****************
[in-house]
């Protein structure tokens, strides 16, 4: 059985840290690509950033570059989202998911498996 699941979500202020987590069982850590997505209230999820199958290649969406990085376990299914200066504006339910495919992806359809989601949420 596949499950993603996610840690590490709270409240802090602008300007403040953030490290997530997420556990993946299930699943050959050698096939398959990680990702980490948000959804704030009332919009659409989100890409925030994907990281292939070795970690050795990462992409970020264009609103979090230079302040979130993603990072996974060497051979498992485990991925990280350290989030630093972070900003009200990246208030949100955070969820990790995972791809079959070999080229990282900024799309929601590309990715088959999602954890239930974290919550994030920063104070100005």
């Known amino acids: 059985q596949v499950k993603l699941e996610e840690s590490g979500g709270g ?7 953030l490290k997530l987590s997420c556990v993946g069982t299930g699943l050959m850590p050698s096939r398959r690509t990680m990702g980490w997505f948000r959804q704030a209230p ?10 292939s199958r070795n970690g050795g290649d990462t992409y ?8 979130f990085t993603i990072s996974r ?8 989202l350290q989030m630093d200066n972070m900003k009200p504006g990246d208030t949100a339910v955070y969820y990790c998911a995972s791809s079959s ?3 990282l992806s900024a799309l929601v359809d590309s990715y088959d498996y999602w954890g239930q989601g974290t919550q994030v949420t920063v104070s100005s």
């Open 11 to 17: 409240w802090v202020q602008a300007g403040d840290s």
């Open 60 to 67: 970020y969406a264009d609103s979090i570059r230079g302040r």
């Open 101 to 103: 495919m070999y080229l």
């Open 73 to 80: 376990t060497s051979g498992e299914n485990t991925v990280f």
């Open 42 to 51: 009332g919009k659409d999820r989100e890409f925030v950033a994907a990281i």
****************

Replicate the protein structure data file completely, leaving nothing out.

[in-house]
């Protein structure tokens, strides 16, 4: 059985840290690509950033570059989202998911498996 699941979500202020987590069982850590997505209230999820199958290649969406990085376990299914200066504006339910495919992806359809989601949420 596949499950993603996610840690590490709270409240802090602008300007403040953030490290997530997420556990993946299930699943050959050698096939398959990680990702980490948000959804704030009332919009659409989100890409925030994907990281292939070795970690050795990462992409970020264009609103979090230079302040979130993603990072996974060497051979498992485990991925990280350290989030630093972070900003009200990246208030949100955070969820990790995972791809079959070999080229990282900024799309929601590309990715088959999602954890239930974290919550994030920063104070100005």
């Known amino acids: 059985q596949v499950k993603l699941e996610e840690s590490g979500g709270g ?7 953030l490290k997530l987590s997420c556990v993946g069982t299930g699943l050959m850590p050698s096939r398959r690509t990680m990702g980490w997505f948000r959804q704030a209230p ?10 292939s199958r070795n970690g050795g290649d990462t992409y ?8 979130f990085t993603i990072s996974r ?8 989202l350290q989030m630093d200066n972070m900003k009200p504006g990246d208030t949100a339910v955070y969820y990790c998911a995972s791809s079959s ?3 990282l992806s900024a799309l929601v359809d590309s990715y088959d498996y999602w954890g239930q989601g974290t919550q994030v949420t920063v104070s100005s």
């Open 11 to 17: 409240w802090v202020q602008a300007g403040d840290s």
């Open 60 to 67: 970020y969406a264009d609103s979090i570059r230079g302040r």
């Open 101 to 103: 495919m070999y080229l």
């Open 73 to 80: 376990t060497s051979g498992e299914n485990t991925v990280f």
């Open 42 to 51: 009332g919009k659409d999820r989100e890409f925030v950033a994907a990281i």